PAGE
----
Use gmail? You might want to try MIT Media Lab’s immersion, a terrific service that maps your email correspondence through metadata and provides you with a clear view of your email networks and correspondence habits over time. The colored clusters above reveal my own family, friend, and colleague configurations over 8.5 years of gmail use. You can segment by time period, which lets you juxtapose your shifting networks with personal or professional events like a wedding or a job change. Sliders allow you to increase or reduce the number of nodes or links among them viewed. You can choose to view or hide the node display names — I’ve chosen to hide them here to protect the innocent.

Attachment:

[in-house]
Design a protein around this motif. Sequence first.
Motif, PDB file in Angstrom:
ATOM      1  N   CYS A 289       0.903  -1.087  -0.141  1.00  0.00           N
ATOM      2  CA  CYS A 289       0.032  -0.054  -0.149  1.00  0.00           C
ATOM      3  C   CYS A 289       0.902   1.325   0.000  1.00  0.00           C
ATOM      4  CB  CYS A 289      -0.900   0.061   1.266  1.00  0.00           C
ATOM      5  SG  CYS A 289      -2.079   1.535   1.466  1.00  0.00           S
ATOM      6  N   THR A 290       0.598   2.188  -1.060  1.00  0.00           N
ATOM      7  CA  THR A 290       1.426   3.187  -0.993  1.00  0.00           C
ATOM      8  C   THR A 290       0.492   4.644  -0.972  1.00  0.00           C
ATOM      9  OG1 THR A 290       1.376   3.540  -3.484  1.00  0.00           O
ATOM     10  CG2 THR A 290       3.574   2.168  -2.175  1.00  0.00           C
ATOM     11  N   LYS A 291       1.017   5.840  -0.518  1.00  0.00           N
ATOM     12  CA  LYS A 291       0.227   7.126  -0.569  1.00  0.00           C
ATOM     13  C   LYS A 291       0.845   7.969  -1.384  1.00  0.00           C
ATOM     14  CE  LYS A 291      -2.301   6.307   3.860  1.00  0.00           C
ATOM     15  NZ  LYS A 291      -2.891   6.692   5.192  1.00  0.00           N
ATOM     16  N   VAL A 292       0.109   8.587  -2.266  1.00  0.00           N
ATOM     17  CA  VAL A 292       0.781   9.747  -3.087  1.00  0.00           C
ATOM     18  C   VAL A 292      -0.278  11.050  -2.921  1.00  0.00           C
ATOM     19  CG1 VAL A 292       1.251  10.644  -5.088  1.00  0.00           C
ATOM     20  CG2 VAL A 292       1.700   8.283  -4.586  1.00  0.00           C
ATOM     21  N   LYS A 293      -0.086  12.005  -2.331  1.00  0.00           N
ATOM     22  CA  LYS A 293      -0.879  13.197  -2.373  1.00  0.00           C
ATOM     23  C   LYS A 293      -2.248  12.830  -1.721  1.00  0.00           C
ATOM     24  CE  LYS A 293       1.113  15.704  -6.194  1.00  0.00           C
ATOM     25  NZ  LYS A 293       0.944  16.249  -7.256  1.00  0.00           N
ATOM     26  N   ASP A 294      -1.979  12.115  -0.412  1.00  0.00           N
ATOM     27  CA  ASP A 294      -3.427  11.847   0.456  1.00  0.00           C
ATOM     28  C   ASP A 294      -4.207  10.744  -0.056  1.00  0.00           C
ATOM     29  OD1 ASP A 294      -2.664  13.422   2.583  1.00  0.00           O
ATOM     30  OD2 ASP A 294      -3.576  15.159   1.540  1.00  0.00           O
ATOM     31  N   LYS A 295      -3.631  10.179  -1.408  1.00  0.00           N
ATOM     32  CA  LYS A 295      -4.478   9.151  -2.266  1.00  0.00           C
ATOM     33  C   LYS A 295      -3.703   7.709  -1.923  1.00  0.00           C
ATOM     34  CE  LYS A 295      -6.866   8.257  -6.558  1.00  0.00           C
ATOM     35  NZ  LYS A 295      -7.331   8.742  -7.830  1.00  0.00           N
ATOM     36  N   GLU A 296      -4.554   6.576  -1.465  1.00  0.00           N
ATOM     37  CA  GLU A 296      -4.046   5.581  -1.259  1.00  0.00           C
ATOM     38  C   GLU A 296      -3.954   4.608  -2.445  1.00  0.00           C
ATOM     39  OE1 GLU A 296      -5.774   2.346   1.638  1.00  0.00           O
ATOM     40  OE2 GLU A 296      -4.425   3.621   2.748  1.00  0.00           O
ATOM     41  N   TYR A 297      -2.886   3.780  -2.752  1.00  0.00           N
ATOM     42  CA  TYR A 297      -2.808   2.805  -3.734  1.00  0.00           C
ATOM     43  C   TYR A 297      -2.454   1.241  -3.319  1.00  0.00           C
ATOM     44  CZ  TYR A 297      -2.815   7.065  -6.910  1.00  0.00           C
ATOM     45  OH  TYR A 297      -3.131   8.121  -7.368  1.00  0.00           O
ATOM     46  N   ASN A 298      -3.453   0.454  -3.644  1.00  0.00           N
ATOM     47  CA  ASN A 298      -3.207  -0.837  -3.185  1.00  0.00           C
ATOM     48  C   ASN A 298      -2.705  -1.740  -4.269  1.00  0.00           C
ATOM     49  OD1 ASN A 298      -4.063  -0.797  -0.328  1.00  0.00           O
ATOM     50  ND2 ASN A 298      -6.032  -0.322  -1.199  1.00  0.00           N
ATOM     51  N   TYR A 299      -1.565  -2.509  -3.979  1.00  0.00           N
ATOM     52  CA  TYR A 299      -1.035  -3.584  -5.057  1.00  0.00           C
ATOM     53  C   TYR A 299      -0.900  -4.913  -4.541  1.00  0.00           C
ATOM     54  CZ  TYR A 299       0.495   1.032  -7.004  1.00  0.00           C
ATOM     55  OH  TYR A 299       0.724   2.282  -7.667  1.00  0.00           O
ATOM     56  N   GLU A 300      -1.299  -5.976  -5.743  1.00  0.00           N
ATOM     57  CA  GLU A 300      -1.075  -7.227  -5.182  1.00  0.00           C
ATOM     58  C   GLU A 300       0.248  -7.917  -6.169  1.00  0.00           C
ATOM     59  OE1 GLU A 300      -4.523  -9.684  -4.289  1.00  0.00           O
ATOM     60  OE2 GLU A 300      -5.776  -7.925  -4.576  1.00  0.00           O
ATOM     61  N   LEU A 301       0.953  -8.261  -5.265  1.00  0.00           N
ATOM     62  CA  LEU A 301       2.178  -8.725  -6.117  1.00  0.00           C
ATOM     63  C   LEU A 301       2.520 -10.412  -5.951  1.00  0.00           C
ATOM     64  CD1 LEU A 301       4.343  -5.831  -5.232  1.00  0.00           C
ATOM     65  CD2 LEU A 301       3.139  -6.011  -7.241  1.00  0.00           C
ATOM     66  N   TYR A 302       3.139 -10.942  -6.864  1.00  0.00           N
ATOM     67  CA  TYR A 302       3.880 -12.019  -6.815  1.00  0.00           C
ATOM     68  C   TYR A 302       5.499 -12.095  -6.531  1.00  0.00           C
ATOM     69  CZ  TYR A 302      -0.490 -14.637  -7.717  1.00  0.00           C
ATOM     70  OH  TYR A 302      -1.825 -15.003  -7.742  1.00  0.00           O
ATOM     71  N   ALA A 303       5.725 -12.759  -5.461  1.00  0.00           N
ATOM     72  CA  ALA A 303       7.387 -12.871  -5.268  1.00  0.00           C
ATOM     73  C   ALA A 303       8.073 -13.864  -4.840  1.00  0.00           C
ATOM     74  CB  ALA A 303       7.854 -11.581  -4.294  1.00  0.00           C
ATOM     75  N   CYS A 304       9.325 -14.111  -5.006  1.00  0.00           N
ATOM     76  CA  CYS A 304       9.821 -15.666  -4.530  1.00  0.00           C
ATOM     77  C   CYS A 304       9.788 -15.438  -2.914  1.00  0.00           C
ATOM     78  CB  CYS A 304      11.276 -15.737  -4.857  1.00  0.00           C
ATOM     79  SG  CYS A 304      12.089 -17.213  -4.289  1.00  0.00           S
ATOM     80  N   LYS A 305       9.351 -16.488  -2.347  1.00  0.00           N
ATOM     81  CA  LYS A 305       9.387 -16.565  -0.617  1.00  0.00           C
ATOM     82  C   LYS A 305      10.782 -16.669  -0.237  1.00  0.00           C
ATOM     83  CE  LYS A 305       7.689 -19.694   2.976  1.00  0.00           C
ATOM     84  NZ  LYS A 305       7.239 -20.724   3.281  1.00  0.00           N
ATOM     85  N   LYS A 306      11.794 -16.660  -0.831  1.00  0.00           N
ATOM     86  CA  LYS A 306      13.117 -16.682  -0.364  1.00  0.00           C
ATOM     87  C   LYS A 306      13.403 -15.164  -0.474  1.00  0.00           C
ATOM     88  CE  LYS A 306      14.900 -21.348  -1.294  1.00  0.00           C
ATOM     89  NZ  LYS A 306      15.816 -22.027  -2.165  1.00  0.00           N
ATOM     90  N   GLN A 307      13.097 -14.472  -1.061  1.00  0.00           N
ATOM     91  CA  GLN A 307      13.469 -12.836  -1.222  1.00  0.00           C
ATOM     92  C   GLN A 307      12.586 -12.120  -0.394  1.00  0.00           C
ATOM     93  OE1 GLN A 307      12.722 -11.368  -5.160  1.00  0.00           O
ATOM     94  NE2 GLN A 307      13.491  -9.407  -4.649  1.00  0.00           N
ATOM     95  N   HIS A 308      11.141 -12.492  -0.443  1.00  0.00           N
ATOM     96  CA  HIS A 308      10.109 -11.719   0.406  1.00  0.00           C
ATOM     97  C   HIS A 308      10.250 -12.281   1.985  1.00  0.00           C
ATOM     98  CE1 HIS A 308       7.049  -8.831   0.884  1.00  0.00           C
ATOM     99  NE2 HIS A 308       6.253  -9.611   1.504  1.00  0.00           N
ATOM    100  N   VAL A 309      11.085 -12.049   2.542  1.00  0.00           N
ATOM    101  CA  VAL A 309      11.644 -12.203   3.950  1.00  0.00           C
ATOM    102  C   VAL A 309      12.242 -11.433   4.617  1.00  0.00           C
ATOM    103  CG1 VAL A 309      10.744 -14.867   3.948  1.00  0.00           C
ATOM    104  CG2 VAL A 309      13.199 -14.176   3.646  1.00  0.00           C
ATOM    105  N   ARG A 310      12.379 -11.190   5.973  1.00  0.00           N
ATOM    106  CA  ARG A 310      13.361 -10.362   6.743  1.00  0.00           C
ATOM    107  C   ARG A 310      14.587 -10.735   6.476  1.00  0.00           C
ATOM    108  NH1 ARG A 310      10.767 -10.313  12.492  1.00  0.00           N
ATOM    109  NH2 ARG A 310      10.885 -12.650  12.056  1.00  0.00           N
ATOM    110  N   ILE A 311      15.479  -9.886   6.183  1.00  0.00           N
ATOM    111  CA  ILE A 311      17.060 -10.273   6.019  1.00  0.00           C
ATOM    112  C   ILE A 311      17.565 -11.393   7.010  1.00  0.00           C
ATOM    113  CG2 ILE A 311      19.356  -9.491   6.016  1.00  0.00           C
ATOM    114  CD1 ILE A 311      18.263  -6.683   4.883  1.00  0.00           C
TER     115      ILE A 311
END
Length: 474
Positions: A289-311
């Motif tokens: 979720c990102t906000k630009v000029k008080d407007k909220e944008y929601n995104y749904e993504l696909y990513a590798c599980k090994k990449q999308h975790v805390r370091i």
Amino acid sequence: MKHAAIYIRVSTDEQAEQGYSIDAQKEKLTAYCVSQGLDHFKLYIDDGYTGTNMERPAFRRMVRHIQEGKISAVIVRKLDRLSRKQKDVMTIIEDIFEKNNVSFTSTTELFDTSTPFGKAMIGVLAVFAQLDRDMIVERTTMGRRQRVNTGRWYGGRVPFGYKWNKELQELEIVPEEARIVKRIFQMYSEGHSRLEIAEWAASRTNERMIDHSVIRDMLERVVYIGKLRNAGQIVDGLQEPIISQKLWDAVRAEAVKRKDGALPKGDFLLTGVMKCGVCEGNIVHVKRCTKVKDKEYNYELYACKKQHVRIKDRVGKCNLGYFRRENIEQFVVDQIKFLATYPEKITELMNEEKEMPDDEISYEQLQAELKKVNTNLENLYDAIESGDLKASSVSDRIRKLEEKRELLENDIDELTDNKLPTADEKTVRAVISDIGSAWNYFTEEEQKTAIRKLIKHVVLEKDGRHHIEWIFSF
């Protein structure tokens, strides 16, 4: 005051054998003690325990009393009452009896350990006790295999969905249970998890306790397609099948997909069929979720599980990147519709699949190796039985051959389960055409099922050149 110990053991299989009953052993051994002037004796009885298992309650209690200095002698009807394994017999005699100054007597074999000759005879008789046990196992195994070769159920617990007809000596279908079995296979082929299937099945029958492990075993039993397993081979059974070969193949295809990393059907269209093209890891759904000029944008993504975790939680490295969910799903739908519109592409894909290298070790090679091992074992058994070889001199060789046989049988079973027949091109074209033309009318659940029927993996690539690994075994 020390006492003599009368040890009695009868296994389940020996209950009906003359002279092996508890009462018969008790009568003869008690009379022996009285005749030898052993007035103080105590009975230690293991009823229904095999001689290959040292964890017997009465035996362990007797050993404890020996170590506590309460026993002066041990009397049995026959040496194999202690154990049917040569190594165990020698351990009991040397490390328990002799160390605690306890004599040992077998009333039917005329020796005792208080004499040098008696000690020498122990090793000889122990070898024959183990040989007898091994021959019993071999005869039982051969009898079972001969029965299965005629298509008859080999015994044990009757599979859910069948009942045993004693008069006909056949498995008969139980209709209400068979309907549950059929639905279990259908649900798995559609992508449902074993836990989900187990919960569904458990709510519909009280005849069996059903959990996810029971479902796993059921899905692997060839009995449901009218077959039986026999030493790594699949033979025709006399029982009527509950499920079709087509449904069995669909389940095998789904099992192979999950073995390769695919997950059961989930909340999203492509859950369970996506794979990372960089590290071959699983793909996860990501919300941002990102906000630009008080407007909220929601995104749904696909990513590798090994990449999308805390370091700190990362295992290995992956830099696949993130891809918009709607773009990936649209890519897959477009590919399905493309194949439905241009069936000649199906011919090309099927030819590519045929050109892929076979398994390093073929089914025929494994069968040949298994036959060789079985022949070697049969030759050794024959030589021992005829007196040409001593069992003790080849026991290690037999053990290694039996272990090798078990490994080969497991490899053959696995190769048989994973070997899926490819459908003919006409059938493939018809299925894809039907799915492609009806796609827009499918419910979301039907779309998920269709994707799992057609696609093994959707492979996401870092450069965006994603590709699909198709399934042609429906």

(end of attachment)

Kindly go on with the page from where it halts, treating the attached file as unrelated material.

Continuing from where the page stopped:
A drill down feature allows you to see your network from the perspective of a single node. In this case I have singled out Melyssa Plunkett-Gomez (the orange dot in the middle), a former colleague from Crimson Hexagon and now a friend. The lines radiate out from Melyssa to individuals in colored network clusters, which are identified by the frequency of correspondence among the group. The width of the line indicates frequency of the messages.
Sidebar content quantifies our mutual correspondence back and forth over the years, and it’s easy to see the volume peak during our time as colleagues. A section not shown here shows who introduced us to each other (no one — that transaction occurred in Facebook, not gmail), and lists the people Melyssa has introduced me to over the years.
This post skims the surface of a complex and illuminating tool. The death of email continues to be predicted, but it seems inevitable that the way we manage it have to get better. Analyzing the metadata to reveal and understand the networks and patterns in our correspondence is an intriguing first step.